• +  2 x (number of future deaths as percentage of highest current deaths)1, 2
  • +  number of affected people as percentage of their highest value
  • +  amount of current losses as percentage of their highest value
  • +  amount of future losses as percentage of their highest value
  • +  affected natural foundations as real percentage data3  
  • combined indicator

1 By deliberate intent, the numbers of current death cases and of future death cases at risk are considered as the most severe and important indicators and therefore weighed double.
2 The percentage of future deaths at risk is related to the maximum of current deaths instead of future deaths. This ensures that future death cases at risk do not count more than current death cases, which would happen otherwise. (The given maximum value of lives at risk is much lower than the maximum of current deaths if based on the same period of time.)
3 The numbers of affected natural foundations are already given in percentages (portion of global resources, e. g. 33% of global agricultural land). Since there is unfortunately only very little data available, its influence should be kept minimized. This is done by not upscaling it to a maximum of 100%.

Furthermore, regarding the indicator on future economic losses its maximum value is – in contrast to all its other values – given as a percentage. Also, the value is related to a time frame of several years. In lack of specific information it is assumed to be 12.5% of global GDP (gross domestic product) in current terms for a time frame of 20 years. (A higher value would make no big difference.)

The simplified method described above delivers similar results as other methods, that are statistically more sophisticated, but less transparent.
  If you want to check the combined indicator of a challenge in the survey, just take the data shown in the small diagrams below the headline of the challenge, and the highest values of the same indicators. Then use these values in the calculation described in the overview above (calculate the percentages accordingly and add them). The same way allows you to compare the aggregated values of two or more challenges.

Data Quality and Order of Challenges

Despite all methodological considerations, it has to be strongly emphasized that due to lack of data, as described, and because the quality of available data usually is not very good, the resulting order of challenges cannot be very precise. The challenges fit together into groups with high, middle and lower relevance. The scale can only be blurred. Therefore, the order is not a matter of rank 5 or 6, but more a matter of rank 5 or 10. Because of these reasons, inter alia, we do not use numbers for ranking the challenges. Nevertheless, the real data shows very clear differences between the challenges indicating higher or lower relevance. This is visualized by the small diagrams below each challenge title.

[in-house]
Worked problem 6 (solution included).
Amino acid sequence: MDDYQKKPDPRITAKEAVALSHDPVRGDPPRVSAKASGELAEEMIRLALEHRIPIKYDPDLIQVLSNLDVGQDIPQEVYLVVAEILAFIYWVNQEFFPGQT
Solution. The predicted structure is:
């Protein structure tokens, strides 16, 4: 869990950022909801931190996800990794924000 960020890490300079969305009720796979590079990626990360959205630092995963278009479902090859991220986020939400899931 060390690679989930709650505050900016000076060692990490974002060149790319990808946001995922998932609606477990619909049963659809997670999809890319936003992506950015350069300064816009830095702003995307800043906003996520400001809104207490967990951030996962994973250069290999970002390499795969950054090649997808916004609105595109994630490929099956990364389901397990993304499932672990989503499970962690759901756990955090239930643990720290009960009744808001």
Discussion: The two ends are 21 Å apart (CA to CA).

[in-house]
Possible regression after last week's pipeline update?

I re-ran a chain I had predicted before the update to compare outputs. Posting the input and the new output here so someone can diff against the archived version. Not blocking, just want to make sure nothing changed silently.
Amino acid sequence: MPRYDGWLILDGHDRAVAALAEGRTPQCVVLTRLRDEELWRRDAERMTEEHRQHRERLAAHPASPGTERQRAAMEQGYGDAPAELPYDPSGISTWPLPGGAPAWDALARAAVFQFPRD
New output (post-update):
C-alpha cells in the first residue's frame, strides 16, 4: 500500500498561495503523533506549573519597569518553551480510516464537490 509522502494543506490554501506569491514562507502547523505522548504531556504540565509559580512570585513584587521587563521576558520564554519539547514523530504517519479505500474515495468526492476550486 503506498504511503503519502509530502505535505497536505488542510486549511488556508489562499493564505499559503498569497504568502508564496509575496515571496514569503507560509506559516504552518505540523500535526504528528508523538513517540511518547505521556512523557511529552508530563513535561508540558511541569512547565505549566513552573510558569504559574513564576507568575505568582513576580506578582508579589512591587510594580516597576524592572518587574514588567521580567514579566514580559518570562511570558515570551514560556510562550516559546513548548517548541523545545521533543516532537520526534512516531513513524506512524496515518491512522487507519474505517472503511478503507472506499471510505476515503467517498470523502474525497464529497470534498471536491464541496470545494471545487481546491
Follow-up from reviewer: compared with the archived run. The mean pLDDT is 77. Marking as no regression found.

Trend Data and Trend Symbols

Trend data is quite rare and mostly refers, like targets usually do, to the number or the proportion of affected people (resp. to the proportion of affected natural foundations of life). The trend symbols +, 0 and in the survey always refer to the latest development in the available trend data (while + means that progress in reaching a target or improving the situation is made, which usually is not identical to an increase in quantity).

Interlinkages of Challenges

The challenges are inter-linked and often overlap each other and some are driving factors to others. Especially those challenges that have increasing impacts or large risks are underlying causes of several challenges that encompass larger current impacts. A graph of the World Health Organization – whose reports are an important base of this survey – shows more in detail the interconnections between some of the challenges:

Interlinkages of leading 10 selected risk factors and leading 10 diseases and injuries, high mortality developing countries, 2000 (WHO)
Graph: World Health Organization: The World Health Report 2002 – Reducing Risks, Promoting Healthy Life. - PDF - external, p. 232.

Draft (2008)

This draft is to be reviewed by experts. Your hints are welcome, please use the contact form.

Photo credit: © Konrad Skiba - external -